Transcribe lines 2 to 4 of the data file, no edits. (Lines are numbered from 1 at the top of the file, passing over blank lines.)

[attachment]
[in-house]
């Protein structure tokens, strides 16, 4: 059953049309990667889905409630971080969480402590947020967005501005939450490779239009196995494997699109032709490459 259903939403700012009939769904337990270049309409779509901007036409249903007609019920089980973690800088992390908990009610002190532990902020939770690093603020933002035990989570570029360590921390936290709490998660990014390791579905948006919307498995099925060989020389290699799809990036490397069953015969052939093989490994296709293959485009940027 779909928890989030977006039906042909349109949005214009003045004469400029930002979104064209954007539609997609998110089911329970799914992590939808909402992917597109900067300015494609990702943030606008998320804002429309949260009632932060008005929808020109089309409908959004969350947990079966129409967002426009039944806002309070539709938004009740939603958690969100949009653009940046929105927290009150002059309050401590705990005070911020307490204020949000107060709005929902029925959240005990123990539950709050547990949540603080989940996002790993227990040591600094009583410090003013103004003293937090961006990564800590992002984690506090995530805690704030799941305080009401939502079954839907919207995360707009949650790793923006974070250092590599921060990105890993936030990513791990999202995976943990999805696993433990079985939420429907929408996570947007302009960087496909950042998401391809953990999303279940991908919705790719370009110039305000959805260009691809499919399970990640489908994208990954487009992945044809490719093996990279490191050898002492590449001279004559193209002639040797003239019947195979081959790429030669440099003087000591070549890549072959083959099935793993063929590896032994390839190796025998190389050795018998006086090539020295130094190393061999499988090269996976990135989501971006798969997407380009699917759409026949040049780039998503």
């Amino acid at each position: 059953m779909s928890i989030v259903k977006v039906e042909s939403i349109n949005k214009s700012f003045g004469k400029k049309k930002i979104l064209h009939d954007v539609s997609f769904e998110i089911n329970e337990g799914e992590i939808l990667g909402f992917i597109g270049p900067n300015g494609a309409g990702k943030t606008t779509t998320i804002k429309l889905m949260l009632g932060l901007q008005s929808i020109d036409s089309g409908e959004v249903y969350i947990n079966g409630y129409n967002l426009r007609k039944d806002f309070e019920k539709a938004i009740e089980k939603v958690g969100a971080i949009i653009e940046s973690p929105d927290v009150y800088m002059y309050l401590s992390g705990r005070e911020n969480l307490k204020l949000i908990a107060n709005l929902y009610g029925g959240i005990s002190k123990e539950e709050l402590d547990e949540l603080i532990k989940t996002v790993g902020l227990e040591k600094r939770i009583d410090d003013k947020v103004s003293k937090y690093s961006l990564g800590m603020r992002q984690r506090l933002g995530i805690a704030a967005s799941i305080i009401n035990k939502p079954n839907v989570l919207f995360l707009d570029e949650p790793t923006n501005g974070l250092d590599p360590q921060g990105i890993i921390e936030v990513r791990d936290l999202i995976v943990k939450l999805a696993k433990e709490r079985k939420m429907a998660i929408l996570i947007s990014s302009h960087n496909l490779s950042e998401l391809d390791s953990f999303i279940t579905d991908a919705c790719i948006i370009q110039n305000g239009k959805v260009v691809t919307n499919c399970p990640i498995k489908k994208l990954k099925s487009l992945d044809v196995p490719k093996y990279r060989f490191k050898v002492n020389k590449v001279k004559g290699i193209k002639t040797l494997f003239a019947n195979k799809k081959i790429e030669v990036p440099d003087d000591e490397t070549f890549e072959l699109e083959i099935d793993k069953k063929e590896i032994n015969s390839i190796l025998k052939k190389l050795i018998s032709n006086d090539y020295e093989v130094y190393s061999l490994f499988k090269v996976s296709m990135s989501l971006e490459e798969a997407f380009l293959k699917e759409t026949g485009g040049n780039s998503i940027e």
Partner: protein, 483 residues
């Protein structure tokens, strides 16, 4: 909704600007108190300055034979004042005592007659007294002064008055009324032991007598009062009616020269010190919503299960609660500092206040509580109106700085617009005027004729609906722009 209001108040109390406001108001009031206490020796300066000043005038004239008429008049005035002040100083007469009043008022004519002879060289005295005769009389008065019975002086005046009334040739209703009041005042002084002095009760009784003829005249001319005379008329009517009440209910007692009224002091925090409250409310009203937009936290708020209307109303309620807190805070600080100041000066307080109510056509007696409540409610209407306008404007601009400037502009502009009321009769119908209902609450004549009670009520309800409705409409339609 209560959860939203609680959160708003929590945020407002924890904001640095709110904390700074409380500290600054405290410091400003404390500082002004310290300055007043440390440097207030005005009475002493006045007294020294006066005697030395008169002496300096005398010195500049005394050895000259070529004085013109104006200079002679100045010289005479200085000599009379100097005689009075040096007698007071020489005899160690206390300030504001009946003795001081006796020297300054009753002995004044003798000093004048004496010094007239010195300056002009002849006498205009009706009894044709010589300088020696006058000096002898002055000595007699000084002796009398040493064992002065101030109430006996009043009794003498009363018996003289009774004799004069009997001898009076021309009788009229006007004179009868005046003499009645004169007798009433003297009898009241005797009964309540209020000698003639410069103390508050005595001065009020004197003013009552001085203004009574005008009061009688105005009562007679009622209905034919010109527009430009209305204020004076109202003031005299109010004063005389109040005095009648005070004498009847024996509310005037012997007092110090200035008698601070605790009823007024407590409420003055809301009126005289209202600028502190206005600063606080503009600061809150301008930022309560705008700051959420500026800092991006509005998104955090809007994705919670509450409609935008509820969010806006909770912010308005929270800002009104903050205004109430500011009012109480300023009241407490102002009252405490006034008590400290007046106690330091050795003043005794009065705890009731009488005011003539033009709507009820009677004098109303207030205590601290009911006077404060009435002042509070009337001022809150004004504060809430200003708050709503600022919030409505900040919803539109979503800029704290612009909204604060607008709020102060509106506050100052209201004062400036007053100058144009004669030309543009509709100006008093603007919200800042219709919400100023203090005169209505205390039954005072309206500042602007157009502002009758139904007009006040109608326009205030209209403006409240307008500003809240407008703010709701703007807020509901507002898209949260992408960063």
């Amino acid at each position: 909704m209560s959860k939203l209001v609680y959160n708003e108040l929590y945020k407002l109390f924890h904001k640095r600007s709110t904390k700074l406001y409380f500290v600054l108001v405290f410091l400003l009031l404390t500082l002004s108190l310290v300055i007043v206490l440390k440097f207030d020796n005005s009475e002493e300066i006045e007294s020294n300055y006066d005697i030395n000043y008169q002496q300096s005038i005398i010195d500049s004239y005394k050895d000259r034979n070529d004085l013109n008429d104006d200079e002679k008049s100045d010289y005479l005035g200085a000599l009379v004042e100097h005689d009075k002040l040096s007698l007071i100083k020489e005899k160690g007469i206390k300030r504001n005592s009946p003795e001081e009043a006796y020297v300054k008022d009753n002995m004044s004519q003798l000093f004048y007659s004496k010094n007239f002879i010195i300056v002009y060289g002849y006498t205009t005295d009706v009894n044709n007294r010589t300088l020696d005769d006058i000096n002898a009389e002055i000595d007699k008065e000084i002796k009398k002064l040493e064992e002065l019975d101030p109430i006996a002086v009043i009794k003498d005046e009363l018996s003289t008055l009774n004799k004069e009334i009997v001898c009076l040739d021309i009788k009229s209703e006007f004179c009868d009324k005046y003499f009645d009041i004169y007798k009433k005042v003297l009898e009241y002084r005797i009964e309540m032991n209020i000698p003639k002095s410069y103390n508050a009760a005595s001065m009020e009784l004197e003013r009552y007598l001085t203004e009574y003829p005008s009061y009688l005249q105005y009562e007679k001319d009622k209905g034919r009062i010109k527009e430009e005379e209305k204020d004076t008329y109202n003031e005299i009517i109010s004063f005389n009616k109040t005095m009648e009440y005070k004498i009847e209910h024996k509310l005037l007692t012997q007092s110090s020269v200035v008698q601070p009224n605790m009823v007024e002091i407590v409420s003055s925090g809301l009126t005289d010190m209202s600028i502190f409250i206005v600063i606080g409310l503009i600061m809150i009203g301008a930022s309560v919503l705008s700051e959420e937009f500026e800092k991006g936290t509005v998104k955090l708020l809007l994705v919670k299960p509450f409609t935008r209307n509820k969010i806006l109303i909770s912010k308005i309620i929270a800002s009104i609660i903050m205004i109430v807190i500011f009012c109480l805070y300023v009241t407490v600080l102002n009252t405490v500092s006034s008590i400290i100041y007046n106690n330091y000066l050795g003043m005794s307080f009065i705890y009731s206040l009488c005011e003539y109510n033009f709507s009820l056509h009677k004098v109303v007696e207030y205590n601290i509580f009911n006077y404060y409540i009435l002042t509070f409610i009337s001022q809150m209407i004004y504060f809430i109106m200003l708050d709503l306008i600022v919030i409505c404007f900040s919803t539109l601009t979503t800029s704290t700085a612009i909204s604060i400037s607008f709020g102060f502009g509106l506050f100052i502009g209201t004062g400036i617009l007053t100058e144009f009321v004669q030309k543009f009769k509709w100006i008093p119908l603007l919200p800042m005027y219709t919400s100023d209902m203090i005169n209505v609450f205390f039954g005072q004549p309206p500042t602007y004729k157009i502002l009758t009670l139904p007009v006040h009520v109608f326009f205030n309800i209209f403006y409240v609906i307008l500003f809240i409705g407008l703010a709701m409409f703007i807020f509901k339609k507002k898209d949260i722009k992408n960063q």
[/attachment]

């Protein structure tokens, strides 16, 4: 059953049309990667889905409630971080969480402590947020967005501005939450490779239009196995494997699109032709490459 259903939403700012009939769904337990270049309409779509901007036409249903007609019920089980973690800088992390908990009610002190532990902020939770690093603020933002035990989570570029360590921390936290709490998660990014390791579905948006919307498995099925060989020389290699799809990036490397069953015969052939093989490994296709293959485009940027 779909928890989030977006039906042909349109949005214009003045004469400029930002979104064209954007539609997609998110089911329970799914992590939808909402992917597109900067300015494609990702943030606008998320804002429309949260009632932060008005929808020109089309409908959004969350947990079966129409967002426009039944806002309070539709938004009740939603958690969100949009653009940046929105927290009150002059309050401590705990005070911020307490204020949000107060709005929902029925959240005990123990539950709050547990949540603080989940996002790993227990040591600094009583410090003013103004003293937090961006990564800590992002984690506090995530805690704030799941305080009401939502079954839907919207995360707009949650790793923006974070250092590599921060990105890993936030990513791990999202995976943990999805696993433990079985939420429907929408996570947007302009960087496909950042998401391809953990999303279940991908919705790719370009110039305000959805260009691809499919399970990640489908994208990954487009992945044809490719093996990279490191050898002492590449001279004559193209002639040797003239019947195979081959790429030669440099003087000591070549890549072959083959099935793993063929590896032994390839190796025998190389050795018998006086090539020295130094190393061999499988090269996976990135989501971006798969997407380009699917759409026949040049780039998503």
């Amino acid at each position: 059953m779909s928890i989030v259903k977006v039906e042909s939403i349109n949005k214009s700012f003045g004469k400029k049309k930002i979104l064209h009939d954007v539609s997609f769904e998110i089911n329970e337990g799914e992590i939808l990667g909402f992917i597109g270049p900067n300015g494609a309409g990702k943030t606008t779509t998320i804002k429309l889905m949260l009632g932060l901007q008005s929808i020109d036409s089309g409908e959004v249903y969350i947990n079966g409630y129409n967002l426009r007609k039944d806002f309070e019920k539709a938004i009740e089980k939603v958690g969100a971080i949009i653009e940046s973690p929105d927290v009150y800088m002059y309050l401590s992390g705990r005070e911020n969480l307490k204020l949000i908990a107060n709005l929902y009610g029925g959240i005990s002190k123990e539950e709050l402590d547990e949540l603080i532990k989940t996002v790993g902020l227990e040591k600094r939770i009583d410090d003013k947020v103004s003293k937090y690093s961006l990564g800590m603020r992002q984690r506090l933002g995530i805690a704030a967005s799941i305080i009401n035990k939502p079954n839907v989570l919207f995360l707009d570029e949650p790793t923006n501005g974070l250092d590599p360590q921060g990105i890993i921390e936030v990513r791990d936290l999202i995976v943990k939450l999805a696993k433990e709490r079985k939420m429907a998660i929408l996570i947007s990014s302009h960087n496909l490779s950042e998401l391809d390791s953990f999303i279940t579905d991908a919705c790719i948006i370009q110039n305000g239009k959805v260009v691809t919307n499919c399970p990640i498995k489908k994208l990954k099925s487009l992945d044809v196995p490719k093996y990279r060989f490191k050898v002492n020389k590449v001279k004559g290699i193209k002639t040797l494997f003239a019947n195979k799809k081959i790429e030669v990036p440099d003087d000591e490397t070549f890549e072959l699109e083959i099935d793993k069953k063929e590896i032994n015969s390839i190796l025998k052939k190389l050795i018998s032709n006086d090539y020295e093989v130094y190393s061999l490994f499988k090269v996976s296709m990135s989501l971006e490459e798969a997407f380009l293959k699917e759409t026949g485009g040049n780039s998503i940027e």
Partner: protein, 483 residues